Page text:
technology

People who are growing up with smartphones are having less sex and drinking less alcohol than previous generations, some research indicates. Other studies also show this generation is more depressed, lonelier, more isolated and getting less sleep.

Psychologist Jean M. Twenge says these young consumers, a group she calls iGen, is “on the brink of a mental-health crisis.”

Courtesy of Dauber Applications

Dauber Applications is a company trying to reinvent how one part of the construction industry works: dump trucks. 

Imagine you are a foreman, and you have lined up work for the next day with a team of guys you are paying $500 an hour to load trucks. 

"The scariest, gut-wrenching part is to not have a truck ready at that time," says Dauber CEO Brian Jones. "Right now the way you try to solve that is you call the trucking company and beg, plead, yell and do other unpleasant things to find out where is your truck."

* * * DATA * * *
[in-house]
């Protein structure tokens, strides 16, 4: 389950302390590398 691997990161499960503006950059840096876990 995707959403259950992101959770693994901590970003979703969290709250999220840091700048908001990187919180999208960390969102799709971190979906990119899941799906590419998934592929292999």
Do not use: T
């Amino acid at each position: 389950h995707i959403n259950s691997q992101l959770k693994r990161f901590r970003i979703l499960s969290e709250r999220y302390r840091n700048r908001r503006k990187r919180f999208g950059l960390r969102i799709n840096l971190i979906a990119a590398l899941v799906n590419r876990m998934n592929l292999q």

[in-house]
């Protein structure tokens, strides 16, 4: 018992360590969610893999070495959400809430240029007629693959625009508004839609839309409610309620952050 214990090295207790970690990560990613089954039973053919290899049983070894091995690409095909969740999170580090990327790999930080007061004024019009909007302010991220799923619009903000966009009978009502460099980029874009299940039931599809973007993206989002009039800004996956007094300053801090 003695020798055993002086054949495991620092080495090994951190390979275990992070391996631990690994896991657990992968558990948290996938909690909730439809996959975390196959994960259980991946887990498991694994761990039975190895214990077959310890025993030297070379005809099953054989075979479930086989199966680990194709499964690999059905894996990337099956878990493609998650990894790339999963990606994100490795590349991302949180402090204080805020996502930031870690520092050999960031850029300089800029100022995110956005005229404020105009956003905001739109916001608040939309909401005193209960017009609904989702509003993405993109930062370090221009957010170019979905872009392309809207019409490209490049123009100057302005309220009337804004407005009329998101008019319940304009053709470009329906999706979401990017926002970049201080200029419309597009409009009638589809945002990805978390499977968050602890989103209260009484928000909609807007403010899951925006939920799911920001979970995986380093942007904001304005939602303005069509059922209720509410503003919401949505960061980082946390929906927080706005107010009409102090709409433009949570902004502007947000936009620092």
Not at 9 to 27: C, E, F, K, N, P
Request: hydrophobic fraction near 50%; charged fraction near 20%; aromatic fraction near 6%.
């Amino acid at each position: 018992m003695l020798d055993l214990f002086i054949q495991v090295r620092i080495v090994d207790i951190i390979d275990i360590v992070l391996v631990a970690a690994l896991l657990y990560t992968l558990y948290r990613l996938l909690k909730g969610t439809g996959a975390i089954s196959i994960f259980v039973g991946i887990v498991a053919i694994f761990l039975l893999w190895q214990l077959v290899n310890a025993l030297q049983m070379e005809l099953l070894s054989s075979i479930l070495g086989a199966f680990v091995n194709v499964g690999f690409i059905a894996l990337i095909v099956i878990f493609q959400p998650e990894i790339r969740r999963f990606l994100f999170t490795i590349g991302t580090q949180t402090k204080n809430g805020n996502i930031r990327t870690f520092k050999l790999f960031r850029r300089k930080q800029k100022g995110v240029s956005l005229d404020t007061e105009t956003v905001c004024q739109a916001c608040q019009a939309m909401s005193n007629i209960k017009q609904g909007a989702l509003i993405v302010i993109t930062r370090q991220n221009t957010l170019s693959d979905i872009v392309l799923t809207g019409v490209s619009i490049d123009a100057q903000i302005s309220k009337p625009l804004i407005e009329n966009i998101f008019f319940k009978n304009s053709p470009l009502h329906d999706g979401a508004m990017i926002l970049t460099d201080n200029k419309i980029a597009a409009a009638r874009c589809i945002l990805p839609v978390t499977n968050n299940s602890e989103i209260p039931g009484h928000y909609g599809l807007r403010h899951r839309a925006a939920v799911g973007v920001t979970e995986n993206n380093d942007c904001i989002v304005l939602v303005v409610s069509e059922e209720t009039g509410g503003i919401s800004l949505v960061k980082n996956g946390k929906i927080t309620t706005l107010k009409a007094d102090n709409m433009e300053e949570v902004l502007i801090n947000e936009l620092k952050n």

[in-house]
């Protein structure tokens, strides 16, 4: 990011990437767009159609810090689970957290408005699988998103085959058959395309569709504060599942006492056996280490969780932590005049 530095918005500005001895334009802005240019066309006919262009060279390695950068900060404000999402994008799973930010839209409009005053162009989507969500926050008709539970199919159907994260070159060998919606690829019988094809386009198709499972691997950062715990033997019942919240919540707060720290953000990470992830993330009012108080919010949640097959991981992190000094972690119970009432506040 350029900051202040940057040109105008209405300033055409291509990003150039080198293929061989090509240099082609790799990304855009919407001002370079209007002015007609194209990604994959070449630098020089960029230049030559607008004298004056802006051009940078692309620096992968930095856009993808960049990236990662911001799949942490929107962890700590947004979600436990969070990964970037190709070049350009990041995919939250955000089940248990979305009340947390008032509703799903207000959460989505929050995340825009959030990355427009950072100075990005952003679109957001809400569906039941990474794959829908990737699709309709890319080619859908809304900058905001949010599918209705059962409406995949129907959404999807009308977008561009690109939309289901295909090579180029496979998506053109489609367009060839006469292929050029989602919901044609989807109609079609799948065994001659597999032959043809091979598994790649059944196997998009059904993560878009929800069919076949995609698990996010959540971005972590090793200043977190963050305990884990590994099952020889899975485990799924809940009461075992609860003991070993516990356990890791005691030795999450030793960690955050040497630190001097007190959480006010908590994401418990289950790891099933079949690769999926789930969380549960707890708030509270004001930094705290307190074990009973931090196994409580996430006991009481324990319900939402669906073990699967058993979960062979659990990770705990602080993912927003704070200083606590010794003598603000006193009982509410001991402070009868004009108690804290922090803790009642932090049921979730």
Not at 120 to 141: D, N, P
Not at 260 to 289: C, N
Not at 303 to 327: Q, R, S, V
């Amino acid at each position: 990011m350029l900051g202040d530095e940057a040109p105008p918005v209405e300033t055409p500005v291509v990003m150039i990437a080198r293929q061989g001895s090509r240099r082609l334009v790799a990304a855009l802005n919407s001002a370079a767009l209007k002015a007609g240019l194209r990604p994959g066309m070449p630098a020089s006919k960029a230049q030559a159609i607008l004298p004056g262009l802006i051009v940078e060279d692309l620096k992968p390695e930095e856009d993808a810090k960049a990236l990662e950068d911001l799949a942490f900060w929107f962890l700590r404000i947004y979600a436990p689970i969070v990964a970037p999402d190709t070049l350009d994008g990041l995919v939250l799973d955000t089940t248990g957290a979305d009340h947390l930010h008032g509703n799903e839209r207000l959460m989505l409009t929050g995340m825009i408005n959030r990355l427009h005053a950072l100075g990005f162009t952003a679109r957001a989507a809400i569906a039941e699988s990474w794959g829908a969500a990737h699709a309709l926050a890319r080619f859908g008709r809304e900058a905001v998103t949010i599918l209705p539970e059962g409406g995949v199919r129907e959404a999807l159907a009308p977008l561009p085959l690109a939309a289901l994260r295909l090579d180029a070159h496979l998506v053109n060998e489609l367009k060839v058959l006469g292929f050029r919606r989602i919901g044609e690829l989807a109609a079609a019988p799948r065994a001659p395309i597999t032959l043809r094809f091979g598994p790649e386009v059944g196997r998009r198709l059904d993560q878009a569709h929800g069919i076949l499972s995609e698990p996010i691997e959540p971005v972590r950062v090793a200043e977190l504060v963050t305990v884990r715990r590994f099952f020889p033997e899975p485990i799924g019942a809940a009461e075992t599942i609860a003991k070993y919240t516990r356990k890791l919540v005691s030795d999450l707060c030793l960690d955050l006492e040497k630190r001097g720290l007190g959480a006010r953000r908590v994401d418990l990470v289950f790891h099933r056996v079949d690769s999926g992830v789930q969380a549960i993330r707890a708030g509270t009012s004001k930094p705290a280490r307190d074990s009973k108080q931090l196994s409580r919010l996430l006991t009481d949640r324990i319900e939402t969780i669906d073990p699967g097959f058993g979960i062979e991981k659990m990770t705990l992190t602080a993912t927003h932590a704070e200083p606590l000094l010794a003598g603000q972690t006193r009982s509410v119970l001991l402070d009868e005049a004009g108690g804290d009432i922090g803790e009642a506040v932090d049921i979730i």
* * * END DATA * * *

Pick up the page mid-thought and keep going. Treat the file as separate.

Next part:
Jimmy Maas / KUT

Machines are changing the way humans interact with the world by automating the goods and services that make up daily life.

TNS Sofres / Flickr

Texas law enforcement are now getting a big assist from the federal government. Texas is the first and only state to get access to a massive Department of Homeland Security biometric database through a pilot program.

Pixabay http://bit.ly/2qrv6CY

One in four San Antonio households do not have access to the internet.

Low-income and rural communities are more prone to suffer from the "digital divide" — a disparity in access to technology and the internet — which exacerbates economic, social and political imbalances.

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